The proliferation of blowjobs at the book's end is just plain creepy. It's like some teenage boy's fantasy-fulfillment via fiction, except it doesn't fit with the rest of the book, not really. WHY these girls are suddenly eager to "give [him] a little head" is beyond me, and much to his discredit, Chi-Mo never attempts to figure this out. He doesn't even puzzle over it, just tries not to disturb the balance of free blowjobs (these are entirely non-reciprocal events - I'll be damned if I can see what the girls get out of this, unless they are - as per the fantasy - girls who just really love giving blowjobs).
What's worse is the spitefulness of the cliques, the borderline-insane mood swings of Deanna, the Dud Chart, even Chi-Mo's mom, who is immature and spiteful about her husband's first wife (always calls her "Smellanie"), and moreover, is distant, sad and dishonest with her children.
The women in this book are out of control - except poor old Yasmynne Schmick, and maybe Doctor Hexstrom. The real puzzler is:
Is this Chi-Mo's failing, or Portman's?

I'm coming to see Chi-Mo as more and more of an unreliable narrator with every re-read. Obviously, he's unreliable - but the extent of that unreliability grows, for me, with each new reading. And I'm also coming to see the novel as a very carefully crafted pseudo-puzzler on the lines of The Crying of Lot 49, a book which is in fact referenced as part of the CEH library. The endless iterations of meaning, the promise of meaning and connection where there is (maybe) none - it's got Pynchon all over it, channeled via ex-dork Portman. It takes a certain level of smartness to construct anything that seems Pynchonesque, and so Portman's got some brains. He's also got some skills; there is so much in King Dork that feels very right to me - the voice of Chi-Mo, for example, is dead on.

But then - in perhaps classic Pynchonian behavior - I start to doubt the connectedness of the two novels. Maybe the reference to Lot 49 is a fluke; it gets mentioned once, and never again; Chi-Mo doesn't mention reading it; it's absent from Portman's amazon.com list of the CEH library. But are these intentional lacunae? Is this by indirection we'll find direction out? Or am I simply suffering from a kind of literary paranoia?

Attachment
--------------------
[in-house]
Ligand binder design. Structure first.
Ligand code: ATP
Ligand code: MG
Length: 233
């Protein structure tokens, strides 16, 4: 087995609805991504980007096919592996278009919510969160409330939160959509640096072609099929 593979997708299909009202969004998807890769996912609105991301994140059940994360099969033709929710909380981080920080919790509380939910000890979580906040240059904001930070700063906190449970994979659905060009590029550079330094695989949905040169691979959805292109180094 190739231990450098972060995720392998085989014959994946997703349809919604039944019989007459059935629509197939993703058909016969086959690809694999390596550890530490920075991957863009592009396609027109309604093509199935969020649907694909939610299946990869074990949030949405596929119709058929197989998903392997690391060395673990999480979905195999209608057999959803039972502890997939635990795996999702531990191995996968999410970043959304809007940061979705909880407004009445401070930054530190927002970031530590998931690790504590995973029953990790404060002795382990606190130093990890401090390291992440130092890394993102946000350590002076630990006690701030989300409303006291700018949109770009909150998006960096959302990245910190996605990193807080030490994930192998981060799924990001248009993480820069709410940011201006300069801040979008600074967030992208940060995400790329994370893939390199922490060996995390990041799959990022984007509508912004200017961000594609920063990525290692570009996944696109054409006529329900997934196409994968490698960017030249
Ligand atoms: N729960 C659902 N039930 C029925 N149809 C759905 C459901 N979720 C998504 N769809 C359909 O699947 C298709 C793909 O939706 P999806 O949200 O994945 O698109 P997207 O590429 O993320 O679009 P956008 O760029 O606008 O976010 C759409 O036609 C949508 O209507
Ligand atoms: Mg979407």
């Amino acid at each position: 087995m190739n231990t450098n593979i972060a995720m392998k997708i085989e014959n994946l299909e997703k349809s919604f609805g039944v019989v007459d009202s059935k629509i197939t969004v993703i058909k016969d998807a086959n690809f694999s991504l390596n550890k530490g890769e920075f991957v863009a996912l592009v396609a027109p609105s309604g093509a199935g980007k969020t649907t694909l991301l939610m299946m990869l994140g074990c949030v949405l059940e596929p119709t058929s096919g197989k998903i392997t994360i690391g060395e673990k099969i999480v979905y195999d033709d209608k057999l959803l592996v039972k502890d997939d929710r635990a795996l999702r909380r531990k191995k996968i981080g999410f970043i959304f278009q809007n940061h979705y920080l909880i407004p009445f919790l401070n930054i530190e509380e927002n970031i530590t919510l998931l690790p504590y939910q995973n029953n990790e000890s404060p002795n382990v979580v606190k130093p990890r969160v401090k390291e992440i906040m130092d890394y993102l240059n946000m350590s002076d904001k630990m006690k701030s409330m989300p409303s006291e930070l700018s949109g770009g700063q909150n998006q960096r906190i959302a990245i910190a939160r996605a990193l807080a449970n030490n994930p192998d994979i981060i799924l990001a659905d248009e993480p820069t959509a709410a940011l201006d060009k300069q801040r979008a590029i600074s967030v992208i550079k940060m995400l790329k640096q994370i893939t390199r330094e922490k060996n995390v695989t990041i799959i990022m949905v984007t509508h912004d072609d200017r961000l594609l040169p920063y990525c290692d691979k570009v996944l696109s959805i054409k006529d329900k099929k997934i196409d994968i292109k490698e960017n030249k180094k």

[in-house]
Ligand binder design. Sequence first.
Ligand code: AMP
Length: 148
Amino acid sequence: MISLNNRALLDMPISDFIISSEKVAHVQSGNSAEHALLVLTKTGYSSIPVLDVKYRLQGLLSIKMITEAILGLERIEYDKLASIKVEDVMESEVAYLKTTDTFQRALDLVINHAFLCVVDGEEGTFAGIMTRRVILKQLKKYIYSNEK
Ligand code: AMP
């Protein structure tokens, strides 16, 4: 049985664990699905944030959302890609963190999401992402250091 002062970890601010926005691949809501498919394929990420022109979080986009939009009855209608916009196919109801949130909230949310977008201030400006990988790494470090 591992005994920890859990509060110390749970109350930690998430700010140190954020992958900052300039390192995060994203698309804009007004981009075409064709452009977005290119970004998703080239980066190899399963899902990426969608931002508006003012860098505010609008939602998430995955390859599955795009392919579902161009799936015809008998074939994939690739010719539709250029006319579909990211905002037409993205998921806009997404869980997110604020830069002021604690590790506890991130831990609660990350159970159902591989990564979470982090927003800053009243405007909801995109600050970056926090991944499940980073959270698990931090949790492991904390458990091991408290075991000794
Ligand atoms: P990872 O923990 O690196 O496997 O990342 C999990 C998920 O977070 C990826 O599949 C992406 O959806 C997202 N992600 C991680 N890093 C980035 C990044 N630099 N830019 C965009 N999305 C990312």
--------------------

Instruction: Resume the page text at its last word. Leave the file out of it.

But what in Pynchon can help with the misogyny of King Dork?

Nothing that I can come up with. Possibly reading Gravitys Rainbow (the Grail, the Grail!) would help, but it isn't going to happen any time soon.

So again: what do I do with this book? Is King Dork a halfway - but only halfway - decent book? Or is it a paean to misogyny like its predecessor Catcher in the Rye? Is the Catcher connection also the explanation for the crummy (or rather, crumby) way women appear in King Dork?

I'm seriously tempted to email Frank Portman and just ASK him. But then - I resist the intentional fallacy. I refuse to take the author's word for it - because what does he know? He only knows what he can know, and to mix every damn kind of critical theory in here, Freud tells us that none of us (except Freud) can know very much about our own minds.

I'd love to write a brilliant, illuminating paper on King Dork, where I wield the critical scalpel with unparalleled precision and skill, dissecting, labelling and displaying all the inner guts of that novel. But I'm afraid I'd run into that ever-so-postmodern problem of multiplying meanings, and slippages, and the everlasting, sneaking suspicion that the center is not the center.

Then again, what would the book be - ANY book? - if I could pin it down to a specimen card neatly, tidily labelled, and then seal it behind glass for all time? If it was that easy to get my brain around a book, it wouldn't be worth my time.

Saturday, December 05, 2009

how to bring your kids up gay

I plan to revisit Eve Sedgwick's excellent essay soon - "How to bring your kids up gay" - but I know that, as awesome as it is, it won't answer my ongoing dissertation dilemma: how to think about/read/imagine gayness or queerness in a young child.

I hate to go to psychology for answers, though I imagine all kinds of studies have been done. Young children play at heterosexuality all the time -in all kinds of pretending games like playing "house" and the far more risque playing "doctor," or that old standby "i'll show you mine if  you show me yours" (both of these latter experiments at straightness I know only through rumors that assume the quality of urban legend, though I have no doubt millions of little kids are doing both, probably right this second).

Freud tells us a fair bit about the sexuality of children, though he does let them (and us) off the hook with that whole "latency" thing, but even Freud has his limits of usefulness.